They were considered wise, because they spent a whopping 20 years training for their positions. Their knowledge ranged from astronomy to Celtic lore and even natural philosophy. And since they were so wise, they also told people when to plant their crops, and predicted futures.
One of their traditions is one we still keep to this day. Druids believed mistletoe was holy, much like oak trees. That’s why Christians believe you should kiss under the mistletoe.
#5 They Were Filthy Rich
History often depicts the Celts as barbaric, and savage, but in reality, they had their cultures, customs, language, and methods of making money. Like trading! It proved to be the wisest thing they ever really did, trading.
Since they were among the first to utilize iron, they traded a lot of highly prized, useful stuff to neighboring peoples, including the Greeks.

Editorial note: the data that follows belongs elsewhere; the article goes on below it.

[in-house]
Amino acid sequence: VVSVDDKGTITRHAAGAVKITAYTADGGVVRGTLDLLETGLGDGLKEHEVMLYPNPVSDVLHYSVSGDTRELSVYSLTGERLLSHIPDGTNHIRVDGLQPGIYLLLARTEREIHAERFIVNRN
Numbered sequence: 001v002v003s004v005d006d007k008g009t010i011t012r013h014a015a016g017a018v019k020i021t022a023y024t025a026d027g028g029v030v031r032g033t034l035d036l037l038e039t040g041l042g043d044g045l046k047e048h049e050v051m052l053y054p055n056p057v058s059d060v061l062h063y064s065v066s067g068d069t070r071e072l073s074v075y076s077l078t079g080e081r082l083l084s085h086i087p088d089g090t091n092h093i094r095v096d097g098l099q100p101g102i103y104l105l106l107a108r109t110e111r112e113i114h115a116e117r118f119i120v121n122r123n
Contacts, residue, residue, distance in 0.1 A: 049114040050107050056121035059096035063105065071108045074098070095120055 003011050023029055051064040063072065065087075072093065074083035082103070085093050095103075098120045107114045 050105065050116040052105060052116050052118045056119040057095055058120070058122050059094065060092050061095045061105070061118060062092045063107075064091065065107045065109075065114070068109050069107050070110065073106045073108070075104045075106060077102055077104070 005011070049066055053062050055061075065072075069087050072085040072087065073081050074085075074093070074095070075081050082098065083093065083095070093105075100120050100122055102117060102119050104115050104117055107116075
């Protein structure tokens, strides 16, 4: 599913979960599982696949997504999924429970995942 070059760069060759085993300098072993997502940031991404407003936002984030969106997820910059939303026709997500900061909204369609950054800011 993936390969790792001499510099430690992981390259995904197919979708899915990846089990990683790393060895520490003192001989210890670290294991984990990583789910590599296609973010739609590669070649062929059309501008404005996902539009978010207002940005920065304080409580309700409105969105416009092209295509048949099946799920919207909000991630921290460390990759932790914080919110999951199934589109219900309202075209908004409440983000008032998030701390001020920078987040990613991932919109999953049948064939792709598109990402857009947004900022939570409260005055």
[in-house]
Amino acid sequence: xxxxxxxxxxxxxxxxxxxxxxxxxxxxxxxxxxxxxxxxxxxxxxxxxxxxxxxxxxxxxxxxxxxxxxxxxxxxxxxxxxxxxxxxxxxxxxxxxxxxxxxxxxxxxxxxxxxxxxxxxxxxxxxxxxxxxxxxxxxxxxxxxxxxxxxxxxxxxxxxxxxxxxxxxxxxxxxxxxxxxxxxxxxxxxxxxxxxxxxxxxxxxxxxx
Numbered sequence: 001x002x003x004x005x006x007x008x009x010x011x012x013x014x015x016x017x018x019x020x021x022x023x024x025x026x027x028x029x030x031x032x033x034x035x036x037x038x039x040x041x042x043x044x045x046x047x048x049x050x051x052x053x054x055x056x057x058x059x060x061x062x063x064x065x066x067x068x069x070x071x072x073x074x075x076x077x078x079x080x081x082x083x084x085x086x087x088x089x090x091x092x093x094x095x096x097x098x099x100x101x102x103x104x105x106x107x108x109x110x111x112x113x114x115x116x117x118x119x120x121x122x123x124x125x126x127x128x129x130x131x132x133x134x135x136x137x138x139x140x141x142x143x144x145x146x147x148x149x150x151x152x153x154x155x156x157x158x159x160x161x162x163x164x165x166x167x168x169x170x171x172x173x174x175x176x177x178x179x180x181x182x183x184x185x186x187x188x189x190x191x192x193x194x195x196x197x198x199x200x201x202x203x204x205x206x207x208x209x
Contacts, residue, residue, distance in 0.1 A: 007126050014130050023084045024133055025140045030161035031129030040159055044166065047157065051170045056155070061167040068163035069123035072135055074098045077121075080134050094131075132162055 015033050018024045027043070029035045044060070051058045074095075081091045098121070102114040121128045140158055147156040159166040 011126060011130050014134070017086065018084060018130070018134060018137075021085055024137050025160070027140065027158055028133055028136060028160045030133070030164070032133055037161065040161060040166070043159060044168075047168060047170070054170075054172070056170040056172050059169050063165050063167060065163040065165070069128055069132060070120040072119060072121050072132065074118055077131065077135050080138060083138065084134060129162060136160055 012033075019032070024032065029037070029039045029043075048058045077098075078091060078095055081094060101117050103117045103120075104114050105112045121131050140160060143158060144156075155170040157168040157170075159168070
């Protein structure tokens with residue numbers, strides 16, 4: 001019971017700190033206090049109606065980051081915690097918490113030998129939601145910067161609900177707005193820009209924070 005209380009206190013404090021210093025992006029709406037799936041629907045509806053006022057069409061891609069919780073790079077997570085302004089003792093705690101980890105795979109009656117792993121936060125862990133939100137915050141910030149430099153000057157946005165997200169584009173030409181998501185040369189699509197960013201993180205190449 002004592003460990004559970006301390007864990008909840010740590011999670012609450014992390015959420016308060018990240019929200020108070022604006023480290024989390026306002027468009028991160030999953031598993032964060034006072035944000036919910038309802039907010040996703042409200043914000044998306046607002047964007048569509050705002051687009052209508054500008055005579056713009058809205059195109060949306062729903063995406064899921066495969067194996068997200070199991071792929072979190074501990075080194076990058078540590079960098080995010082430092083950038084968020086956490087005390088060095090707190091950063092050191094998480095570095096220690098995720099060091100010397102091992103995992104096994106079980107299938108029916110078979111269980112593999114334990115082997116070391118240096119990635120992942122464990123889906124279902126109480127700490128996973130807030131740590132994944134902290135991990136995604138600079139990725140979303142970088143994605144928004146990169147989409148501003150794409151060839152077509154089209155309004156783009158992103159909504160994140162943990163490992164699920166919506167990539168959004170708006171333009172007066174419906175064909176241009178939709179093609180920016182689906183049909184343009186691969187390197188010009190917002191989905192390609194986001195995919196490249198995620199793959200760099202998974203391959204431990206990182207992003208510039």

More so, gold was so abundant about their Celt regions, that they even used it in their armor, weaponry, and art. Silver and bronze was also used, especially to make jewelry, which they also traded.
#6 Women Had Rights
The Celts were very progressive for their time. They were a patriarchal, tribal society, but they were also a society where women could rise to power. They could become warriors or dignitaries. They could even lead tribes, as was the case with Boudica, one of the Celtic women who rose to power and led her people as queen of her tribe. She led her warriors to battle against the Roman Empire.
Women were also allowed to show interest in other womens, should men not suit their fancy. Likewise, men were allowed to show interest in other men.
#7 They Totally Hunted Heads
So, the Celts weren’t complete savages. They had progressive views, they had leadership and laws, they were wealthy and knew how to carry on with their neighbors, except the Romans, of course. But they did have a thing for hunting heads…
To be clear, it was primarily driven by religion. The Celts believed that the head contained a warrior’s soul, so by taking the head, you’re essentially capturing that soul.
But that’s just one reason. Because every Celtic tribe had their own culture, each one had their own justification for headhunting. Some may have just enjoyed the act of collecting heads, for all we know.